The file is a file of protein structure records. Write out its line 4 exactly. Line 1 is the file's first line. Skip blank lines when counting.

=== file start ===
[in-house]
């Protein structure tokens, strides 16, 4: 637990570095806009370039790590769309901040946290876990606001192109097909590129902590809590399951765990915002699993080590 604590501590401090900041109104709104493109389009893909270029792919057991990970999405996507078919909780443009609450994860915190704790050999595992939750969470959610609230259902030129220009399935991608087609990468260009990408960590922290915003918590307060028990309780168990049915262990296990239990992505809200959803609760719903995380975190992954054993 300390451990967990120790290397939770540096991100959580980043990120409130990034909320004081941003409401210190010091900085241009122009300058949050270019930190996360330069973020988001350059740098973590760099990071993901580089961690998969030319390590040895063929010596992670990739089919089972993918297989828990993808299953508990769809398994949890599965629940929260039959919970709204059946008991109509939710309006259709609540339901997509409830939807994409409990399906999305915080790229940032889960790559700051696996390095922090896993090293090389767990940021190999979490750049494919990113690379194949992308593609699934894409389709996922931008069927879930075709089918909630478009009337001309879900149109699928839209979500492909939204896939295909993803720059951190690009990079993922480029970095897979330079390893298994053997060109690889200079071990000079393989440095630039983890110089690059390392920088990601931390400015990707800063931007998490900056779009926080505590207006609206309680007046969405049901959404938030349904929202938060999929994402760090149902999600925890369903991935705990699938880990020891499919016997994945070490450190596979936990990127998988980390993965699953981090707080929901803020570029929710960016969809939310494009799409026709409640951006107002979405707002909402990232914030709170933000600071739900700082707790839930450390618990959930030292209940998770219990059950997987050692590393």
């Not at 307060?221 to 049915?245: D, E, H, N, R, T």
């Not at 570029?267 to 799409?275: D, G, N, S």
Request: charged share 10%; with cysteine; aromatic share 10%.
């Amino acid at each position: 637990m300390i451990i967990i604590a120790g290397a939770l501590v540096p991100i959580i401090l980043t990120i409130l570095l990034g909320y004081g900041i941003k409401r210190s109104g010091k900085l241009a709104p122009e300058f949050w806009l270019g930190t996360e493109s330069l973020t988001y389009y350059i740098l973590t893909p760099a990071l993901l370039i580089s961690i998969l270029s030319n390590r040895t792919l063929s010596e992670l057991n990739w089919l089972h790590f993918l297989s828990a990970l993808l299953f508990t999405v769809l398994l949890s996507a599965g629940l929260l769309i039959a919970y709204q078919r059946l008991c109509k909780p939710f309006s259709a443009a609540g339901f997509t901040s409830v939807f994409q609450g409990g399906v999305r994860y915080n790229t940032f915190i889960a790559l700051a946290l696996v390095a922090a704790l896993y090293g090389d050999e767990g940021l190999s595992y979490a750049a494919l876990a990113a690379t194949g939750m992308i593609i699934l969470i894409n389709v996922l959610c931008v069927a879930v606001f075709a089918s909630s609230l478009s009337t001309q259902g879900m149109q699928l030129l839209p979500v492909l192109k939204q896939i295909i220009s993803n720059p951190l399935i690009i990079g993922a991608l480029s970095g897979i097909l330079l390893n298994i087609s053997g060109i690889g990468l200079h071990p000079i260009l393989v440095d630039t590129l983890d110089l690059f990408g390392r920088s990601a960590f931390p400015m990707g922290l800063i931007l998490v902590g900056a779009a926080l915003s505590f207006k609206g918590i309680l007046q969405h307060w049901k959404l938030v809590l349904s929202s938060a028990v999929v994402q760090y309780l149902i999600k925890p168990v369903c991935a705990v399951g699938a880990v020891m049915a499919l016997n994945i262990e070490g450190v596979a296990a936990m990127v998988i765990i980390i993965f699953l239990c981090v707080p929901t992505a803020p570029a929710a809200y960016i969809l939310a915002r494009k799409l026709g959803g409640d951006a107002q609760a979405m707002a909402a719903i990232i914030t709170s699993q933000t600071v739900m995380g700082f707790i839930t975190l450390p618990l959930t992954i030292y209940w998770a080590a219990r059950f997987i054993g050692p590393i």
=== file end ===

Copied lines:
């Not at 570029?267 to 799409?275: D, G, N, S």